Review Price £37.99
If we scored for features, then LBP Karting would be an 8 or a 9 out of 10. The same goes for presentation, where the crisp, quirky graphics, the wonderfully oddball soundtrack and the narration all make LBP Karting seem like an awful lot of fun. Unfortunately, we have to take the gameplay into account, and this is where the problems start creeping in.
Basically, the heart of the game – the Kart racing – just isn’t good enough. Some people think that designing kart games is easy, but in fact it’s an incredibly complex exercise in weapons balancing, character balancing, handling, course design and AI tuning. LBP Karting doesn’t get any of these things disastrously wrong – it’s perfectly playable – but it doesn’t get them quite right, either. There are so many weapons flying around and so many insta-kill drops and obstacles that the racing is all a bit messy. The AI is aggressive, and there seems to be a high degree of rubber-banding involved, making it impossible to pull clear of the pack.
There are some clever mechanics for guarding your kart from attack by using weapons in a defensive mode, and for using drift for a speed boost, but neither quite work in the heat of the action. You rarely feel that you win a race by skill. Instead, you win because you happened to be in the right place at the right time as you crossed the finish line. In fact, you can move from first place to sixth place or visa versa so quickly, that the last twenty to thirty seconds of the race are often the only ones that matter.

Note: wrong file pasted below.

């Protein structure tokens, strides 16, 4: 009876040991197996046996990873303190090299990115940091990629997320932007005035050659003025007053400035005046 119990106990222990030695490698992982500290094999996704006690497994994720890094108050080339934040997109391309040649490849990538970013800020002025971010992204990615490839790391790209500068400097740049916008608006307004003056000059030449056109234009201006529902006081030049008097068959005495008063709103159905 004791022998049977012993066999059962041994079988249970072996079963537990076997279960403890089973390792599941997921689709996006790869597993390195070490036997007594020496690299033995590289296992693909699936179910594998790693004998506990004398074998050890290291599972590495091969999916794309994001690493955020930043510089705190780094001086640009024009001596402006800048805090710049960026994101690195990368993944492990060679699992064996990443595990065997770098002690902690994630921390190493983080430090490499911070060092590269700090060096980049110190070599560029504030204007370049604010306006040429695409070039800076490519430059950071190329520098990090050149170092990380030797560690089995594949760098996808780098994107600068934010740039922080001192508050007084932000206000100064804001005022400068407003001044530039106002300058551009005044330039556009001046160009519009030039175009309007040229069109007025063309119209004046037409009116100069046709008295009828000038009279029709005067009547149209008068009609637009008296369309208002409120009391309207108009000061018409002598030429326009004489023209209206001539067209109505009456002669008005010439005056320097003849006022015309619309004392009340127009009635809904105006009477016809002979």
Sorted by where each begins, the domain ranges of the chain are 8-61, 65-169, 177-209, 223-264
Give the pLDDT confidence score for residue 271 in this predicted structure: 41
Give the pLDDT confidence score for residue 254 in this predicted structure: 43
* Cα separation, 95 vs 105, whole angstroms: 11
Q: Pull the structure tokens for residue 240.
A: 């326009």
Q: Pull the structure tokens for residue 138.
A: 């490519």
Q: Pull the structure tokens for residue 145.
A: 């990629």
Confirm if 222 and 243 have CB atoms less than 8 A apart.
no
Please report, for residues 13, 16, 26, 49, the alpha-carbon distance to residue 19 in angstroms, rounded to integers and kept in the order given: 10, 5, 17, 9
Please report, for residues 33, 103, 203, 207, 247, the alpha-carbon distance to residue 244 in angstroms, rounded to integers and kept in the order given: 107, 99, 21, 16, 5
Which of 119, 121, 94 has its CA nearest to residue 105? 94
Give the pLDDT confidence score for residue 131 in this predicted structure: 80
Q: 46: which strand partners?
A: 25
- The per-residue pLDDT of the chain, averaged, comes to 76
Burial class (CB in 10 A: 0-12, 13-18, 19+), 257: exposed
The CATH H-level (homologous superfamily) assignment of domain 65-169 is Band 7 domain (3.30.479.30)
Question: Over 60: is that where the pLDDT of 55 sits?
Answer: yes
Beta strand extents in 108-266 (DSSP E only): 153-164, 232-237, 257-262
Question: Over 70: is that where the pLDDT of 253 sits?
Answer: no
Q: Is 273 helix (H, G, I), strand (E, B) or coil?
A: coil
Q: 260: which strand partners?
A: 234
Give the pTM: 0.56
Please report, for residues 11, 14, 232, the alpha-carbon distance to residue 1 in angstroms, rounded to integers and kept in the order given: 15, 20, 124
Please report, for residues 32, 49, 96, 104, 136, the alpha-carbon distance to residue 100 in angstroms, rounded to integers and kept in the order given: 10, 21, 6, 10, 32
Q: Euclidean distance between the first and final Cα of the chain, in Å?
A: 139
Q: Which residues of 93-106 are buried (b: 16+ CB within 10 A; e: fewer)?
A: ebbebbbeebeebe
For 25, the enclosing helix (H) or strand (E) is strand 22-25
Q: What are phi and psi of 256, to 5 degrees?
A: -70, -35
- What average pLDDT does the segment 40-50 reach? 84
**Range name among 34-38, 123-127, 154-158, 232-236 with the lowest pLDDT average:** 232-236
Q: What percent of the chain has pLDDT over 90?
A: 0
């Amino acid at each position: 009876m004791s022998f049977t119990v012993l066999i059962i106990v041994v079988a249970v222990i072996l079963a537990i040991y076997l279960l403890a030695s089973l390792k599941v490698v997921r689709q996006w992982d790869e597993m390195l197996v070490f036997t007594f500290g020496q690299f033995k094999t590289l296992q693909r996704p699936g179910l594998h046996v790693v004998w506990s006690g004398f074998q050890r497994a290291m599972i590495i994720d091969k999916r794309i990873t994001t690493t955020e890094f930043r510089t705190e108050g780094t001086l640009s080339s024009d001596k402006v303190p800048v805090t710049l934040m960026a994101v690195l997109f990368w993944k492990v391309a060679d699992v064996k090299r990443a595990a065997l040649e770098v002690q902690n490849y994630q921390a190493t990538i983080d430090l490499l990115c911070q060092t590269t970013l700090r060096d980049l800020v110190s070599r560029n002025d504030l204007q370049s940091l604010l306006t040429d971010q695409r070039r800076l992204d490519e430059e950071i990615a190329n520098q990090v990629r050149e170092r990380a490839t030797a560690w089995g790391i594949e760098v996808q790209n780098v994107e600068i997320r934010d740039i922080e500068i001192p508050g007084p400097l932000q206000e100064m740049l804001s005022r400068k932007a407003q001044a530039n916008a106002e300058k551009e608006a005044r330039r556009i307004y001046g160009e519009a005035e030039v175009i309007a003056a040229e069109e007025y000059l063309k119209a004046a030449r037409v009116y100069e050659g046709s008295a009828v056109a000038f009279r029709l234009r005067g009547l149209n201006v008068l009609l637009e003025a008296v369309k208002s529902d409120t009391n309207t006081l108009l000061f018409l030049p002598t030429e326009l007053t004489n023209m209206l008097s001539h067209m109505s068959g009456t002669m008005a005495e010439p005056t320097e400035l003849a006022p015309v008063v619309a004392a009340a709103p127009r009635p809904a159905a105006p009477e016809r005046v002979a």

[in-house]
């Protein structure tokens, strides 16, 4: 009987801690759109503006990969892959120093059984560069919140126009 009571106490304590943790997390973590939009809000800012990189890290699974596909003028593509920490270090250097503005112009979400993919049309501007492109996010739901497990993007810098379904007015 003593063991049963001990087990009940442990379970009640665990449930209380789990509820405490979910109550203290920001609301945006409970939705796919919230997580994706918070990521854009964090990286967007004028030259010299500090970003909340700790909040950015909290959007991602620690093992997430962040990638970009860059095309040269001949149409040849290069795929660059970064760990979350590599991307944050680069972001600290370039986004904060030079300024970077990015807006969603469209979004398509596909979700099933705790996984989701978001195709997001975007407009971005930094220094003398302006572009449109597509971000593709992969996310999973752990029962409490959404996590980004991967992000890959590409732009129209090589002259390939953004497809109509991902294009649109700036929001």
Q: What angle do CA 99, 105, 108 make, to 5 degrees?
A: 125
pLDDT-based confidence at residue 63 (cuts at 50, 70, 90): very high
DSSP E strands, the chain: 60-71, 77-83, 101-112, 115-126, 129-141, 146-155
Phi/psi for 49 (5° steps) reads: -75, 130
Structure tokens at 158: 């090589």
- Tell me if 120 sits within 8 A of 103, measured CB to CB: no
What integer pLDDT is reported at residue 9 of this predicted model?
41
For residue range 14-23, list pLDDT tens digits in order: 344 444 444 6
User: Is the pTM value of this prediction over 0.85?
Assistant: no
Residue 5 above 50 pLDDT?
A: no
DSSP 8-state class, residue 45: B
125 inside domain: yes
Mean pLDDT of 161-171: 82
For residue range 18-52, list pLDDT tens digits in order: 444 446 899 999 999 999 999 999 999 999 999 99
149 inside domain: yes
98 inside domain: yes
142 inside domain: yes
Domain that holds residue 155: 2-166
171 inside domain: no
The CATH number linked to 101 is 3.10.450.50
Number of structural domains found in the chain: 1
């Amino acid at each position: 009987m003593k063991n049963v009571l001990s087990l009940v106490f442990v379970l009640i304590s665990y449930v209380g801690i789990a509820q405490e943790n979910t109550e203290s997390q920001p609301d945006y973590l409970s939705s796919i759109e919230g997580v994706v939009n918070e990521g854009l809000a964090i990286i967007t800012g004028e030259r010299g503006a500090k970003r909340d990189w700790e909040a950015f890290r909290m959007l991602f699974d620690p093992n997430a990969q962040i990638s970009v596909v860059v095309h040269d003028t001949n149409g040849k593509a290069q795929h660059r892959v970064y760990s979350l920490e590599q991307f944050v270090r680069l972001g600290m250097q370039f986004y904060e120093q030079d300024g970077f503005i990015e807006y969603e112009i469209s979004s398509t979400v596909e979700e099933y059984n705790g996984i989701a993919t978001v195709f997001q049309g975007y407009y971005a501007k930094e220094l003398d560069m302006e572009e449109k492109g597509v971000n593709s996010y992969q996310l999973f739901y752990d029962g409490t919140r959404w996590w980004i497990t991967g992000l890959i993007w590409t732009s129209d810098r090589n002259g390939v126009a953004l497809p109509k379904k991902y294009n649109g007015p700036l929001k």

And while this kind of game should catch fire in multiplayer, United Front has made a mess of the structure. You unlock both cooperative and versus races from within the main story mode, and there’s no way we can find to set up a playlist, work your way through a tournament or play in a Mario Kart-style cup. Instead, you either drift from one track to the next with your sofa-bound buddies, or play online with players voting for which track you tackle next. The result? A weirdly stilted experience.
All this is hugely frustrating, because with some more tuning, a few adjustments and some restructuring, LBP Karting could become a great Karting game. In fact, it’s almost tempting to buy it and play it just to see what the community can do. As it is, though, it’s hard to wholeheartedly recommend. The LittleBigPlanet bit works brilliantly, but the Karting bit? Not so much.
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